'Westworld' Creator and Showrunner Explains Season 2 Shocking Finale

Fans are driven crazy by the post-credit scene which apparently centers on an artificial version of the Man in Black (Ed Harris) and takes places in the 'far, far future.'

AceShowbiz - "Westworld" wrapped up its sophomore season in an episode titled "The Passenger" which aired on Sunday, June 24. [SPOILER ALERT!] While it delivered a slew of big surprises, the season finale also brought the characters to two brand new worlds; the "Sublime" and our world.

"Sublime" refers to the idyllic digital realm where many of the hosts, including Teddy (James Marsden) and Akecheta (Zahn McClarnon), escaped. Meanwhile, our world is located beyond the park's borders, the one mankind knows as their home.

However, what drove fans crazy was the post-credit scene which apparently centered on an artificial version of the Man in Black (Ed Harris) and took places in the "far, far future." The epilogue made fans doubt the humanity of the Man in Black and whether his real daughter Emily (Katja Herbers) even died in the penultimate episode.

Co-creator and co-showrunner Lisa Joy has opened up about the burning questions about the real identity of the Man in Black. "Within it, just to clarify, we don't necessarily say he's a host. A host refers to a creature like Dolores, someone who is pure cognition, someone who is made up of nothing and has a fabricated body as well. It's definitely a sequence that's indicative of a direction we're going to," she shares to The Hollywood Reporter.

The finale also suggested that now the real world has welcomed three new inhabitants, Bernard (Jeffrey Wright), Dolores (Evan Rachel Wood) and a recently created host played by Tessa Thompson. It is believed that them being in a place and the conflict between Dolores and Bernard will play a major role in the upcoming third season.

The episode saw the show slowly introducing new worlds, prompting fans to wonder whether it will eventually abandon its titular park. Regarding the issue, Joy coyly responds, "I don't necessarily think that we've seen the last of these artificial worlds that are central to the conceit of our series as a whole. But the major lens that we will have is going to be the real world. If the park does emerge and come back, we would plan on explaining how that could be, and why."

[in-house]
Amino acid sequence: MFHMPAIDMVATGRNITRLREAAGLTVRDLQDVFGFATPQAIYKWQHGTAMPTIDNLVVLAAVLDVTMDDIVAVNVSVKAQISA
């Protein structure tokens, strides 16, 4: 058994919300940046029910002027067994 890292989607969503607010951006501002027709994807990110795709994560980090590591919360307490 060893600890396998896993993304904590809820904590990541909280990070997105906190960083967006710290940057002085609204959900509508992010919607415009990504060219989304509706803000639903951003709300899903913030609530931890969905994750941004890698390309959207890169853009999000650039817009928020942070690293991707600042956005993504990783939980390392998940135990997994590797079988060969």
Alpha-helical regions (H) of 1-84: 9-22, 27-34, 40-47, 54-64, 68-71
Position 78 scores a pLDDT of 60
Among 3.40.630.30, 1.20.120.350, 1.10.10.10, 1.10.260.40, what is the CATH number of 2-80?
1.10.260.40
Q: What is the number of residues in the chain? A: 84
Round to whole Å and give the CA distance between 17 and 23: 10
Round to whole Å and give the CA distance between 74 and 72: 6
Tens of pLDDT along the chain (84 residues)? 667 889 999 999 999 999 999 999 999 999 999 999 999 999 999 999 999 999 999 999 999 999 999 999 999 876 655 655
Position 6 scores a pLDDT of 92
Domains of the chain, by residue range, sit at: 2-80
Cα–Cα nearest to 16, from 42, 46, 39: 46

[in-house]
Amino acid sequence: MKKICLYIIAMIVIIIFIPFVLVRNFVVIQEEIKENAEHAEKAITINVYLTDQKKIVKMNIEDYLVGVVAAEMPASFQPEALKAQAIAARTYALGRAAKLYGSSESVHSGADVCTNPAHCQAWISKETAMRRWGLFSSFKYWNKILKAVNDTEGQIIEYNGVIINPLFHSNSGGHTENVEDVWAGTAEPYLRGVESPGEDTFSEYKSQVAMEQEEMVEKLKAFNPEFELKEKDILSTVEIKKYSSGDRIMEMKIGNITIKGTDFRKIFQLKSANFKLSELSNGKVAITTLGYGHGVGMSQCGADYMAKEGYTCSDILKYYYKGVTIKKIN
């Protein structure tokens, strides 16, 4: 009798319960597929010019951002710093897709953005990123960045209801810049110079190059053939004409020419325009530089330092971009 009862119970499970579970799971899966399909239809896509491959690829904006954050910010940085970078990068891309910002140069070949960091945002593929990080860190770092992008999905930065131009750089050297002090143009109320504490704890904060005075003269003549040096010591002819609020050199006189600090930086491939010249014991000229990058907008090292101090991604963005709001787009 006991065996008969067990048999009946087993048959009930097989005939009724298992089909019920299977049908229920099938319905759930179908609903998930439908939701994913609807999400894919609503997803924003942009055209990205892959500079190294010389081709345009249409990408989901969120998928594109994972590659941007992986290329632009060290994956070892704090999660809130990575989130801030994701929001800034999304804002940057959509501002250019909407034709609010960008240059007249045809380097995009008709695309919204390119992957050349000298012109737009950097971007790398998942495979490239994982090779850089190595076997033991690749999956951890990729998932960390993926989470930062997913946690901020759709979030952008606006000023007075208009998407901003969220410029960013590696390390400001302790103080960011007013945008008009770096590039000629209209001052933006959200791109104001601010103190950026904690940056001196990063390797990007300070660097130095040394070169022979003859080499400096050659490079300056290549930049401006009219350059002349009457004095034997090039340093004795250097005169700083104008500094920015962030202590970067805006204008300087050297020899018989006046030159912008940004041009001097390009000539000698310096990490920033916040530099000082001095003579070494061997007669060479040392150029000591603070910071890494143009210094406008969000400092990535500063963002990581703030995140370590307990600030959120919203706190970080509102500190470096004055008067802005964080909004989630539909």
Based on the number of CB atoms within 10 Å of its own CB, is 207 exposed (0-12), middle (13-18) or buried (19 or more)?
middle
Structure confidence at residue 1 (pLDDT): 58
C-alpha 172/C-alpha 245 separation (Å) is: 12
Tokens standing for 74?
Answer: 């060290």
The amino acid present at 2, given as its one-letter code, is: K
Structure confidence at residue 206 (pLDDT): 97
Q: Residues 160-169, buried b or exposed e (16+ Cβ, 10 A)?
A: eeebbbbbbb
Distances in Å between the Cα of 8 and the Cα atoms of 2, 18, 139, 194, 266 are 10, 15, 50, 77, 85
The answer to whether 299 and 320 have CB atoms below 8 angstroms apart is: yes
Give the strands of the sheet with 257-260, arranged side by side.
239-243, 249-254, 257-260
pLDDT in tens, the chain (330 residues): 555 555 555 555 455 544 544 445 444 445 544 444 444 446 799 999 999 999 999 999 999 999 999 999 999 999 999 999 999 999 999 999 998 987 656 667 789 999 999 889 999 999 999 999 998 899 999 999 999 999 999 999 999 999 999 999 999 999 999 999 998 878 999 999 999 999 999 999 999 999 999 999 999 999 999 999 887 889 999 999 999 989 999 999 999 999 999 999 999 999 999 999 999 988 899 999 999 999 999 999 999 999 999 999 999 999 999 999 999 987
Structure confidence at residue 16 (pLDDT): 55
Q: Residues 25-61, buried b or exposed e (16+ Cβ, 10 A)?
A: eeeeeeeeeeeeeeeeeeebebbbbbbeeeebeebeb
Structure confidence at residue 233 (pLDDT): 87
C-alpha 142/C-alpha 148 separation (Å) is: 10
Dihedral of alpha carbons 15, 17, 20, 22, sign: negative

As for the relationship between Bernard and Dolores, she said, "I think one of the lessons Dolores learned this season is that she had a goal, and her goal was noble in nature. She wanted to save her kind. She knew the stakes. She lived so many lives in the park and died so many deaths, and above all, she wanted to spare others that pain by finding a way to let the hosts fight back and own a piece of [the humans'] world."

But Joy didn't single out the possibility of the possible conflict rising between the two characters. "They will likely come into conflict. They may even kill each other," she explains, before adding, "But she's come to understand that true freedom isn't something that arises from a lack of dissent, from a dictatorial or totalitarian rule of one set of ideologies."

She also reveals that season 3 "is going to be a whole new world." Joy continues, "This series is about reinvention and scope. The first season was a more intimate look at the park from within the loops. In the second season, the hosts broke out of their loops and were able to explore more of the park. In the third season, they've broken out of the park itself. We're in a new terra incognita."

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